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Presentation on theme: "APPROACHES TO PUBLIC PROCUREMENT REFORM AND CAPACITY BUILDING"— Presentation transcript:

Capacity Building in Procurement: The case of Ethiopia, Sudan, Uganda Richard Olowo, Procurement Hub Coordinator, AFTPC Fiduciary Forum 2010, The World Bank, Washington DC.

2 Summary Main Message Definition of Procurement Capacity
What has been achieved Ethiopia Southern Sudan Uganda The Approaches used for Capacity Building What are the Issues Way Forward

3 Main Message Low procurement capacity has persisted despite the implementation of Capacity Building Strategies over the last three to seven years. Presentation aims to encourage a greater focus on and more innovative approaches to the building of public procurement capacity

4 Definition of Procurement Capacity
Capacitated Procurement System acts in a well coordinated manner, delivers effectively and efficiently, with fairness, value for money and accountability Areas in which capacity is built: Institutional Development – rules of the game and incentives Organizational structures, processes, and resources Human Capital – skills and knowledge of practitioners

5 Achievements – Ethiopia (1)
Institutional Development. Procurement law & directives in place at federal level & in the regions; SBDs disseminated; Oversight body created with 30% staffing; Complaints Review Board created; Procurement Services Agency established. Organization. One entity, ERA, has well-resourced & functional structures. Procurement Audits carried out

6 Achievements – Ethiopia (2)
Individuals. Awareness created in many entities; 41 graduates from Training of Trainers; PSCAP procurement performance improved; Awareness created in many local Businesses

7 Achievements – S. Sudan (1)
Institutional Development. Interim Public Procurement & Disposal Regulations in place at the GOSS; Procurement Policy Unit created. Organization. No PIUs - MDTF projects implementation streamlined into ministries. Contracts Audited and recommendations made to SSACC

8 Achievements – S. Sudan (2)
Individuals. Staff trained in Basic, Intermediate and Advanced Procurement at GATC; TAs in ministries implementing MDTF projects; Use of procurement agent; Awareness created in some local Businesses

9 Achievements – Uganda (1)
Institutional Development. Procurement Laws, Regulations and Guidelines for National & Local Governments & Parastatals in place; SBDs disseminated; Public Procurement Website in place; Complaints Review Mechanism in place; Public Procurement Policy Unit created; Institute of Procurement Professionals of Uganda (IPPU) operational; Corruption in Public Procurement Surveyed

10 Achievements – Uganda (2)
Organization. Procurement Structures functional nation-wide Corporate Plan & Annual Reports of PPDA published Procurement Audit Reports posted on website and Recommendations followed up by Parliament, the Media and for Training purposes Public Relations Office functional Major Newspapers dedicate days to publish bidding opportunities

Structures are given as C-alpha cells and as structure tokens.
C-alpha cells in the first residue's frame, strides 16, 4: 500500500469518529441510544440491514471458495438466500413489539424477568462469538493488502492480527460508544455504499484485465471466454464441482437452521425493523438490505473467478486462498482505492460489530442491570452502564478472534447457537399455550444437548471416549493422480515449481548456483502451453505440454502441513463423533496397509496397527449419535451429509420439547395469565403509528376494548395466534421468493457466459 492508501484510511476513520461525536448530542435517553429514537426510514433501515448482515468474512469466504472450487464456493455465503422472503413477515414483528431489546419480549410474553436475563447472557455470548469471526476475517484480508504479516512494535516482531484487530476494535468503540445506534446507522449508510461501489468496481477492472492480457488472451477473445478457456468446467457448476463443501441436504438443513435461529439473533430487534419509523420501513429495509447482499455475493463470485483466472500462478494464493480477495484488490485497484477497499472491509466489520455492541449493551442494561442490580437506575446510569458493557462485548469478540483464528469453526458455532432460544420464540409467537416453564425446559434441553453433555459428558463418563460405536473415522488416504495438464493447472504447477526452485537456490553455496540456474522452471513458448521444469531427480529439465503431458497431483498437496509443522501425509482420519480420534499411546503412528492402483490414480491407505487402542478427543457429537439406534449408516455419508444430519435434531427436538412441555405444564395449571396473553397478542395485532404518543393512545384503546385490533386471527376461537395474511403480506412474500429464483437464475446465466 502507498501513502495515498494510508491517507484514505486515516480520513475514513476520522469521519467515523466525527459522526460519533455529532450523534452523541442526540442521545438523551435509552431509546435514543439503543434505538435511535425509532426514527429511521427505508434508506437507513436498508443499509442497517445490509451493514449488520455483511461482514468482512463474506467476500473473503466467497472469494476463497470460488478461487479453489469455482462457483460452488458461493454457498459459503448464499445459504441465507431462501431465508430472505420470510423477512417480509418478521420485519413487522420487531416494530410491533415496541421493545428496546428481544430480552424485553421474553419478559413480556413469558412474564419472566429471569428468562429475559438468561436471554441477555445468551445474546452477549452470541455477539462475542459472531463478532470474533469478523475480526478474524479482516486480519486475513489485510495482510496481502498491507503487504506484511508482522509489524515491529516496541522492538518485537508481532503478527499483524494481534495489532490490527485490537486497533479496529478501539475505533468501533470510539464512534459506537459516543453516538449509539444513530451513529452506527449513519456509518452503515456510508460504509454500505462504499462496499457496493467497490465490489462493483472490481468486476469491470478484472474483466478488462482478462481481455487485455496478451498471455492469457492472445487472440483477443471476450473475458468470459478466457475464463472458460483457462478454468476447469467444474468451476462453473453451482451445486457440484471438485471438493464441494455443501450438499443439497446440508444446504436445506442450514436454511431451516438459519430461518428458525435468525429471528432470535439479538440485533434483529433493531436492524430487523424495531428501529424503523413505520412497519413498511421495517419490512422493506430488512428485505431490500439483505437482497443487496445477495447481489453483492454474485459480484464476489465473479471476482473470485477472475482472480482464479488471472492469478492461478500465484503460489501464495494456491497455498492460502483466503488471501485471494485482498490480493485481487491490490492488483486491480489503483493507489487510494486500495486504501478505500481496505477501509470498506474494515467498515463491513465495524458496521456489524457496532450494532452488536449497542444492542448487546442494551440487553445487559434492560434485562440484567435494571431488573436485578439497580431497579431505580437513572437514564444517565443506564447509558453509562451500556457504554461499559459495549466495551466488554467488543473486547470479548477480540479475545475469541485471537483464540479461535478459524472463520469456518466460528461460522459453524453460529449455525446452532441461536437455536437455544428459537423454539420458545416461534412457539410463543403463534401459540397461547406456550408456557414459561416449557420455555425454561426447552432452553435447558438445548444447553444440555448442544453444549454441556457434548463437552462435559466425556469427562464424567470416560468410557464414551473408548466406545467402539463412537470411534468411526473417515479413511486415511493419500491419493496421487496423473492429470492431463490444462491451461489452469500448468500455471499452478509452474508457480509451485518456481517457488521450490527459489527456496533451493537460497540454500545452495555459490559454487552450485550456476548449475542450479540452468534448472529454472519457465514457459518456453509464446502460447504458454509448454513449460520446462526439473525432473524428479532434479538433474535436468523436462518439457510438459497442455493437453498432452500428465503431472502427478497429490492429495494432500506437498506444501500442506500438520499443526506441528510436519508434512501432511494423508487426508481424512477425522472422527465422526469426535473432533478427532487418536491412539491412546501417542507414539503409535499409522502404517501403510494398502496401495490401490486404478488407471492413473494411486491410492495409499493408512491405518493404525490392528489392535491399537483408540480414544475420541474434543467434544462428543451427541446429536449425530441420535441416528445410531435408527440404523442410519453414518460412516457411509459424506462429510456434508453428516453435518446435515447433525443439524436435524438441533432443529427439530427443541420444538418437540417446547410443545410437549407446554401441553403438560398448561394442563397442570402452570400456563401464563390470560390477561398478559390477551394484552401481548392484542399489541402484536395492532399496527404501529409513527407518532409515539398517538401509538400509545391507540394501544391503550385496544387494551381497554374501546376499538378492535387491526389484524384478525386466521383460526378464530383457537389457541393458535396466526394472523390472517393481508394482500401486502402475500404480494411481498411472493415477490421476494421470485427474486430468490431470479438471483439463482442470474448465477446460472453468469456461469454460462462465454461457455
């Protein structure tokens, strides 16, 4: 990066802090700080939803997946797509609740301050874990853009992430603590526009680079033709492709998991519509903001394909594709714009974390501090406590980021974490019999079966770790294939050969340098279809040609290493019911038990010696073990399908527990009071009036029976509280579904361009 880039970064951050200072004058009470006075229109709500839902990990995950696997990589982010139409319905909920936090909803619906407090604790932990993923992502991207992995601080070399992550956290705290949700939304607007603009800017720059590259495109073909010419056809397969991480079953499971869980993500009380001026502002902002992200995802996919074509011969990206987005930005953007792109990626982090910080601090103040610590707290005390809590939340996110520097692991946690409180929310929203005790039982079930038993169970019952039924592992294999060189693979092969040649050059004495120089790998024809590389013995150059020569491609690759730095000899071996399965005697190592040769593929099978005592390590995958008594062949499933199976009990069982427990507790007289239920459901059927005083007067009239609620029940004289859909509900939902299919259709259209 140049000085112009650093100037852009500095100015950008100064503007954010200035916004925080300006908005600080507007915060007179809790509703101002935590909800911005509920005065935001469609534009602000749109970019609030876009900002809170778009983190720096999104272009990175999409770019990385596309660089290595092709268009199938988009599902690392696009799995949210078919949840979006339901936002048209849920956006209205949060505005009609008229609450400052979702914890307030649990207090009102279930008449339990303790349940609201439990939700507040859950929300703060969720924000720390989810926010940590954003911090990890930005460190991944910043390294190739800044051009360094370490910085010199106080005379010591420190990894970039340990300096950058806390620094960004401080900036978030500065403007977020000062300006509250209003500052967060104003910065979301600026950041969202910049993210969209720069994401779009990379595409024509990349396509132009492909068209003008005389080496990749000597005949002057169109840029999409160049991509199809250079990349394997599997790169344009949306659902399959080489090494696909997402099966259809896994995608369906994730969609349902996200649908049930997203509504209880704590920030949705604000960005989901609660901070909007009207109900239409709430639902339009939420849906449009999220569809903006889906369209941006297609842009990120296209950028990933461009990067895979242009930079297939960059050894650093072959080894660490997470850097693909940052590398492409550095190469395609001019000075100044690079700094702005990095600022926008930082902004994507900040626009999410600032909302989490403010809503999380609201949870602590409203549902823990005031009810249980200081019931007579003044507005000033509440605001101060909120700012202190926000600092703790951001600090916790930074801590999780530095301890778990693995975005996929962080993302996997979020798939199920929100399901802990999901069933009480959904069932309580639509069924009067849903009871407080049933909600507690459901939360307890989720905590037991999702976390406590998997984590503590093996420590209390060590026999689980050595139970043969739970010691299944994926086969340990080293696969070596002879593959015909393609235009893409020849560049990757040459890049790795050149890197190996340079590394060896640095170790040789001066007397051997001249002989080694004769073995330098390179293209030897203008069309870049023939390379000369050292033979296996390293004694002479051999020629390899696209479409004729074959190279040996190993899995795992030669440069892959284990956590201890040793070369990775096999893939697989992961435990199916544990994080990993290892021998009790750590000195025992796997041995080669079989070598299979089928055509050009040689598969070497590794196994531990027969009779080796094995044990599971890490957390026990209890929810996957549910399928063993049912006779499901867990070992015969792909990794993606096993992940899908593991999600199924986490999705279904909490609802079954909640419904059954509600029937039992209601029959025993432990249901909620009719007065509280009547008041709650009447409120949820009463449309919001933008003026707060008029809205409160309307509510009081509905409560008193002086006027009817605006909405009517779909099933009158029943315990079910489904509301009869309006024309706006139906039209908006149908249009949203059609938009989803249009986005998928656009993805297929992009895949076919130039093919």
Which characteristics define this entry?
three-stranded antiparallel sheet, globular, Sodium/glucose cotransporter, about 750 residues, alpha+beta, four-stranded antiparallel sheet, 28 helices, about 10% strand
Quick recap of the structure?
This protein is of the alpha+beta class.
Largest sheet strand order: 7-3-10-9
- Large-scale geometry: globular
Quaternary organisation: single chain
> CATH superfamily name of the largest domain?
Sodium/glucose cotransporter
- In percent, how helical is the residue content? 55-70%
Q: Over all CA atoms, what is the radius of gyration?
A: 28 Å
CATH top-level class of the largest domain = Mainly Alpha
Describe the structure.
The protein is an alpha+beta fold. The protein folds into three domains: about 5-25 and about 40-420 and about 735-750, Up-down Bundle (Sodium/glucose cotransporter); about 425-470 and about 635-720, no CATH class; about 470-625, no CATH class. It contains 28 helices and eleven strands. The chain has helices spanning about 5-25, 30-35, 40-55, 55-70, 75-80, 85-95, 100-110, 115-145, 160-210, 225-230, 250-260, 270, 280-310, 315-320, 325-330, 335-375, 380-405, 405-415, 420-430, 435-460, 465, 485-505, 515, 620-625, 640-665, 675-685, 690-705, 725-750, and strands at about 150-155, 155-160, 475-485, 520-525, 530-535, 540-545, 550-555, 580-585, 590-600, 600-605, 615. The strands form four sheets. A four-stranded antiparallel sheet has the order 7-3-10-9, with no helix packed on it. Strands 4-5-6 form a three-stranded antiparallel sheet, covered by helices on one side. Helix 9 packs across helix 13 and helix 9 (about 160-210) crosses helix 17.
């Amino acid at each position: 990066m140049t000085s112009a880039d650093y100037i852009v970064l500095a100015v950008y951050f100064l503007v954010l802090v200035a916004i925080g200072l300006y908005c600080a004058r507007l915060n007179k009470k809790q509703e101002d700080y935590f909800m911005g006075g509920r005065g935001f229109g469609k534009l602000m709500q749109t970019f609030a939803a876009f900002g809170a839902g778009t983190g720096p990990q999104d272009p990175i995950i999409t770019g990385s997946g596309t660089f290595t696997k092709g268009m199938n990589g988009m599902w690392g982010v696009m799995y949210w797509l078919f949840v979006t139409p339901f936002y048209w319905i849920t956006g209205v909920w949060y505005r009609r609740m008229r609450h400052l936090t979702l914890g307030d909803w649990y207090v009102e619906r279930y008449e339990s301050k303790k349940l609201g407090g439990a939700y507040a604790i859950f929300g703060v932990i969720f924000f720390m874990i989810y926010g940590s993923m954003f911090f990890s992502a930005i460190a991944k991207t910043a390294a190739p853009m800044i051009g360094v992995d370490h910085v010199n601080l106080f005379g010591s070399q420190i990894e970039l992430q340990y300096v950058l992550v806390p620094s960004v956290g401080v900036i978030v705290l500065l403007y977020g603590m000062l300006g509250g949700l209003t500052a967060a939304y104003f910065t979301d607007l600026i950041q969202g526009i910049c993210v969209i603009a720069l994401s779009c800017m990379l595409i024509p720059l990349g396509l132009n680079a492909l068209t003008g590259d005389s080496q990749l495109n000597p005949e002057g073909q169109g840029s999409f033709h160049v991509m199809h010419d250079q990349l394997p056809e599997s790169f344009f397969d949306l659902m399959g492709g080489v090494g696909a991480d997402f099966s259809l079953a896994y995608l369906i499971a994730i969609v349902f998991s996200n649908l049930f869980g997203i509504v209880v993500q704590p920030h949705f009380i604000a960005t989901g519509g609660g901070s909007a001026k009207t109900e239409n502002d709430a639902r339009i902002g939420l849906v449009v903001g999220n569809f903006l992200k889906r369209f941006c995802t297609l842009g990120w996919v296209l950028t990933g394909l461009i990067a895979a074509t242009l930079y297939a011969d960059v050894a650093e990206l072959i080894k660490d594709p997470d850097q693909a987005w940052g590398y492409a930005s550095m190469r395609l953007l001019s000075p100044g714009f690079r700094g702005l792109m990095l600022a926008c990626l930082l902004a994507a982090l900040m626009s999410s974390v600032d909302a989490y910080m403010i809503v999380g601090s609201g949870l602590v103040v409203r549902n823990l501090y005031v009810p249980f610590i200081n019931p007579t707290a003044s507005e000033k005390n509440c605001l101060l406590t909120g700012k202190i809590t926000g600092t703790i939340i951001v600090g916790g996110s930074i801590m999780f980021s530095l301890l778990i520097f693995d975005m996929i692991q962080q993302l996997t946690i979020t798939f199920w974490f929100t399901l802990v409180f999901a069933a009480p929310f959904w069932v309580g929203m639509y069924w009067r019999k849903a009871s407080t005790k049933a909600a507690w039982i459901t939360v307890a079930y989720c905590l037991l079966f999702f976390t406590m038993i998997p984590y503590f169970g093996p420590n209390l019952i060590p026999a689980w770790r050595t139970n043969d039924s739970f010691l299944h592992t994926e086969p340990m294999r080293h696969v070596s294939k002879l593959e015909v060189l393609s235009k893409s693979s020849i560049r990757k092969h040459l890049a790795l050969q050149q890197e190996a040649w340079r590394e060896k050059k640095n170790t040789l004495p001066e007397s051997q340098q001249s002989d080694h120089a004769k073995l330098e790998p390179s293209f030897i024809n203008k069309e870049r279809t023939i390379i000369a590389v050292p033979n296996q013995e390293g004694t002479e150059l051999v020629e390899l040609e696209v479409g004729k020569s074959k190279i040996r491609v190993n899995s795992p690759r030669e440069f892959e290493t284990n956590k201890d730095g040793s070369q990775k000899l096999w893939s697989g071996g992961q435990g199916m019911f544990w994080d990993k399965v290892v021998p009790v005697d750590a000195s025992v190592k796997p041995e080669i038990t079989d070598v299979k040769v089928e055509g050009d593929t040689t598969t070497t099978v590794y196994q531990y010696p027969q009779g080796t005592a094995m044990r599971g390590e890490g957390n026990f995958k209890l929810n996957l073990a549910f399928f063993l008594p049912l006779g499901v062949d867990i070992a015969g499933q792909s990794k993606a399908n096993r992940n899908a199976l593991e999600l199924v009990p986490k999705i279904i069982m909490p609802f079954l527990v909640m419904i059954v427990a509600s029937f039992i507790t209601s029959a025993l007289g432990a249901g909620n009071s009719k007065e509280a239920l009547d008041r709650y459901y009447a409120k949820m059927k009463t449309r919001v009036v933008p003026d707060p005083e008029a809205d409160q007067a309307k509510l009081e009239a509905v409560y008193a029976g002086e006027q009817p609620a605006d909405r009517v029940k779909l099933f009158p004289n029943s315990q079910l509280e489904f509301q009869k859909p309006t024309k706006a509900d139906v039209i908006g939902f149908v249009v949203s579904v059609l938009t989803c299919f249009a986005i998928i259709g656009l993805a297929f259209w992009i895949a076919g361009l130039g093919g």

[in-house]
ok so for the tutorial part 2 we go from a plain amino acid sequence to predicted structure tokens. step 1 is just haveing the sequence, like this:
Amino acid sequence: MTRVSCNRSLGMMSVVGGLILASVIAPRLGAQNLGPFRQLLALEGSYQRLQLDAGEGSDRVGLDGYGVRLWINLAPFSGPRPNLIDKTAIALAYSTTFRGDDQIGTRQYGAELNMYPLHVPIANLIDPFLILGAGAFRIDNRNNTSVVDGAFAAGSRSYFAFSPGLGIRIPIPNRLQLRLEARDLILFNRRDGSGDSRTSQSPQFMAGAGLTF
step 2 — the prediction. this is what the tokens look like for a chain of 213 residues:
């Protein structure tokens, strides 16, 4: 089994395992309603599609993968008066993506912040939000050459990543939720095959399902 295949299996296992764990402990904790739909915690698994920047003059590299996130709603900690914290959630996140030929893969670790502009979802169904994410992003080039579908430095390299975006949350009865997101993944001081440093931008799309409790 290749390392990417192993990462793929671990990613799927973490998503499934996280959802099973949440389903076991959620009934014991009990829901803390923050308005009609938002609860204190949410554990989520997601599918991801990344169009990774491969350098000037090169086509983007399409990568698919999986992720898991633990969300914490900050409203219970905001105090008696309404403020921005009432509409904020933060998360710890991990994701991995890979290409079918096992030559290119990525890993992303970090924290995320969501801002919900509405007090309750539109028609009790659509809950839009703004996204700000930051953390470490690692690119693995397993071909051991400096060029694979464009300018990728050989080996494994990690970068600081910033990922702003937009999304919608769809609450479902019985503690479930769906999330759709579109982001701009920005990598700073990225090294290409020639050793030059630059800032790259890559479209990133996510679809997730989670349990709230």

11 Achievements – Uganda (3)
Individuals. Standards for procurement courses established High enrolment for University Degree courses in Procurement Entities providing internship opportunities Mass awareness training of Public Officials, Politicians, Civil Society & Media conducted Hand holding support provided to entities Awareness created in local Businesses TPPAs prequalified for use by weak Procuring Units

12 Approaches (1) Prior actions that Government must achieve in order for approval of full amount of a PRSC CPARs or CIFA Recommendations and follow up Making TTLs aware of the importance of procurement capacity building throug Including procurement capacity building Components in Projects e.g. PSCAP Experience sharing workshops for several countries Business Outreach Seminars for the local Private Sector

13 Approaches (2) Regular follow up of reforms progress by Procurement Working Group of Government and Development Partners Provision of hand holding support by Bank Staff or Consultants Procurement Clinics to discuss specific issues identified in Procurement Post Reviews Provision of accredited Bank Consultants as faculty for the procurement courses conducted by regional institutions: ESAMI, GIMPA, ISSADE, CESAG Participating in CPPR and including actions to address procurement capacity building

14 Issues Who prepares and the Content of Capacity Building Strategies
Assuring the quality of policy dialogue Country ownership of reform actions Making the case for procurement as a profession and the need to invest in it Opposition to allocation of resources for Capacity Building initiatives Follow up of Actions; Monitoring and Evaluation

15 Way Forward Need for comprehensive Guidance on Capacity Building in Procurement Need for Monitoring Indicators with Incentives for Achievement even without PRSC Need to coordinate Benchmarking of procurement performance (AFR OBSERVATORY) and Regular Experience Sharing Forums


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